There are not many linguistics journals at Elsevier. Lingua is one of them. The editors got very unhappy with the closed access model Elsevier uses and formulates the principles of Fair Open Access under the umbrella LingOA:
- The editorial board owns the title of the journals.
- The author owns the copyright of his articles, and a CC-BY license applies.
- All articles are published in Full Open Access (no subscriptions, no ‘double dipping’).
- Article processing charges (APCs) are low (around 400 euros),
transparent, and in proportion to the work carried out by the publisher.
They have approached Elsevier to either publish the journal Lingua compliant to these principles or otherwise they would shift to OpenLibHums (see above). A very nice proof that the OpenLibHums concept has already an impact on the publishing world!
Gerard Meijer reported on his dealings with the major Dutch publishers and was visibly fed up. Next to overcharging libraries, the non-disclosure agreements in the contracts particularly met his wrath. As civil servants or politicians accountable to the public, it is simply not admissible that money is spent on contracts whose precise deliverables and costs are unknown. In my personal view, Meijer and the Dutch deputy minister Dekker have had it with the big publishers and will push hard for OA with acceptable terms. Also see the joint statement of Dekker and Commissioner Moedas.
Book publishing in the Humanities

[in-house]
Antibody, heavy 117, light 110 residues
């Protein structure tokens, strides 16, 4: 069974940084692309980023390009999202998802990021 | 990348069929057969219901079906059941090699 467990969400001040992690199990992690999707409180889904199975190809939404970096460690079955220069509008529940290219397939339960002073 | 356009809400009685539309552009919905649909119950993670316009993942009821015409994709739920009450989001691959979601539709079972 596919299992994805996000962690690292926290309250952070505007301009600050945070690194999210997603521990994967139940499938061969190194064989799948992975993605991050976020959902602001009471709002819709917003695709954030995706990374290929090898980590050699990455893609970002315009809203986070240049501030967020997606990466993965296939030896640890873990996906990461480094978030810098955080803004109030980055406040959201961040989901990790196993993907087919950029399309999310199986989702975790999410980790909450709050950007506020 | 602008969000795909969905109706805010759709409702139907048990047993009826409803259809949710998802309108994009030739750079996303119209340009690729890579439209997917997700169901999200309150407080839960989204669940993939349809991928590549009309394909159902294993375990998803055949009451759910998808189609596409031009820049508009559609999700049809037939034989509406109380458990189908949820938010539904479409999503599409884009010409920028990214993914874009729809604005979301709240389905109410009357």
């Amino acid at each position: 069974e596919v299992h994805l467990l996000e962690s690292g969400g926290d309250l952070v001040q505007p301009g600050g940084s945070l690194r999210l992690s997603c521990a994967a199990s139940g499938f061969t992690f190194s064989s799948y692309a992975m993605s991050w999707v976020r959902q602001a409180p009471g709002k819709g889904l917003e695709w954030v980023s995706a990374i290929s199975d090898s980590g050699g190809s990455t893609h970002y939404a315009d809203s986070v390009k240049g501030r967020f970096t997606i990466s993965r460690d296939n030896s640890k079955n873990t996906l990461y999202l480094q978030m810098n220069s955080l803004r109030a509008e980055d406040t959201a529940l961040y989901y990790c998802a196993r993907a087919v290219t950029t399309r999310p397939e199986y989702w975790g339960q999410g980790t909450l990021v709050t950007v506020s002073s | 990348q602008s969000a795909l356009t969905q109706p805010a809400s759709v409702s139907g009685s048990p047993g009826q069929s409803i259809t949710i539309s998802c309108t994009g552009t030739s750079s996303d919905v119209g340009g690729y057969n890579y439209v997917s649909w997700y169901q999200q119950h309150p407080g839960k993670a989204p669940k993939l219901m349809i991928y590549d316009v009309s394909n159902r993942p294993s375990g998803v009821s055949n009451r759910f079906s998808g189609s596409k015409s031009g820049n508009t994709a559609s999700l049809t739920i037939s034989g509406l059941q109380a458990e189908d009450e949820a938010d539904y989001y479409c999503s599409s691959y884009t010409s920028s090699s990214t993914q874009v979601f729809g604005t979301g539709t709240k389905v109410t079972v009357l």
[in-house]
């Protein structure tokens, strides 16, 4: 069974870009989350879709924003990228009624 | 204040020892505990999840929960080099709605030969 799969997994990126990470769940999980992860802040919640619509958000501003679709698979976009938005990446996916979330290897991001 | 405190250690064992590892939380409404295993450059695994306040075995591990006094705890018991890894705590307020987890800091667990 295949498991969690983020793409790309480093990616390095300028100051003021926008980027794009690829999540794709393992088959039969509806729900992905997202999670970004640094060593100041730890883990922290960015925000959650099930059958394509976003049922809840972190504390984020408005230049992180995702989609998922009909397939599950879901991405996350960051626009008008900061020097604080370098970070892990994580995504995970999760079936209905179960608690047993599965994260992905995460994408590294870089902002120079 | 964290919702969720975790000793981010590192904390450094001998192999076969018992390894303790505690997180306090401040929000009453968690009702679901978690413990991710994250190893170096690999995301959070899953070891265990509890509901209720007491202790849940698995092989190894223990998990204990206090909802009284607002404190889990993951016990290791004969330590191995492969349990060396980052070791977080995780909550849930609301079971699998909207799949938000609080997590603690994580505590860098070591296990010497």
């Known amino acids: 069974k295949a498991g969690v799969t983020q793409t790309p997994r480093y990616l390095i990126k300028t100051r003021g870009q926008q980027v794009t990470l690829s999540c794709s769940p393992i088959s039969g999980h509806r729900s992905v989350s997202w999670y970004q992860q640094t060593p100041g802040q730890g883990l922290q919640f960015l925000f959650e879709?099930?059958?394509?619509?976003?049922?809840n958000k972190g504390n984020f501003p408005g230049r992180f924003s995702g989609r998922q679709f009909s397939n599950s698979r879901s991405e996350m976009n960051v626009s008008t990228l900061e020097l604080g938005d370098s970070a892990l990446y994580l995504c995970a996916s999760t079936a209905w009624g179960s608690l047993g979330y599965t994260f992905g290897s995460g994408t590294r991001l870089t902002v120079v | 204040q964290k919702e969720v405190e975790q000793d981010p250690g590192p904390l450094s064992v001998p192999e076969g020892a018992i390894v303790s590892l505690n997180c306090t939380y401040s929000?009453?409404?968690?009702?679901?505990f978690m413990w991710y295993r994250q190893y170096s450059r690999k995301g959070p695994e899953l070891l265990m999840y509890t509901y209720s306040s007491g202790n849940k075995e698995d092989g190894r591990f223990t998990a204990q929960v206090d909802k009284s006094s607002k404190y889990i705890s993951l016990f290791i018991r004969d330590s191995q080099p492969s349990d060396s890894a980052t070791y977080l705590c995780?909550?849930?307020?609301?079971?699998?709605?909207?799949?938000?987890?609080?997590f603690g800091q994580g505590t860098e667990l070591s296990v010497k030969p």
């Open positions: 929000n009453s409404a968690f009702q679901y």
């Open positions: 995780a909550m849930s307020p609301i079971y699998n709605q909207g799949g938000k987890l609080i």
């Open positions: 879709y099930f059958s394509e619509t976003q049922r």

One point which was repeatedly made was that the Humanities had less money in the system than STEM disciplines. As a result, author charges are less of an option. If the budget of a research project is only 20,000 EUR, an APC of 1000 EUR or a book processing charge of 5,000 EUR hurts. Therefore, Humanities should follow a different route than the STEM disciplines, it is argued. While it is true that Humanities have less money, I am not convinced that APCs/BPCs are not affordable. As the MPDL study has shown, the money is actually available in the system, but it is tied up in subscription/library costs. It is in principle conceivable to free that money and divert it to APCs/BPCs.
But this raises another question: if the state gives money to the universities, which give it to the libraries, and if many many libraries give their money to Open Lib Hums: would the state not be better off directly funding publishing initiatives like Open Lib Hums rather than incurring the administrative overhead of splitting up the money among 100 institutions, channeling it and then pooling it again? The answer to this question is left as an exercise for the reader.
The meeting was very informative and very exciting. My apologies to all presenters who are not included in this summary. The meeting was a thriving fair of ideas, and most certainly inspired more than one person to try whether they could take over some of the concepts presented.
One thing I found curious: the meeting was organised by a political body, the European Commission. But actually, there were very few calls for political action like laws or investment programs. Other OA meetings I have attended were rife with whining or rants against the publishers. This one was different. No whining, no rants. If the terms of the publishers don’t fit, we will simply walk away, as LingOA shows on a small scale and the Netherlands show on a large scale.
Still, I do think that there is room for action by the EU/EC. I would suggest to fund a study to evaluate the different funding models as to their soundness, robustness and scalability. Furthermore, I would suggest that there should be an independent source of funding for APCs/BPCs for disciplines outside the money-heavy STEM fields. Max Planck, again, has shown that setting up an extra publication fond outside of the institution budgets will make the transition much easier. And as their study has shown, that money is easily earned back by lower subscription/purchase costs.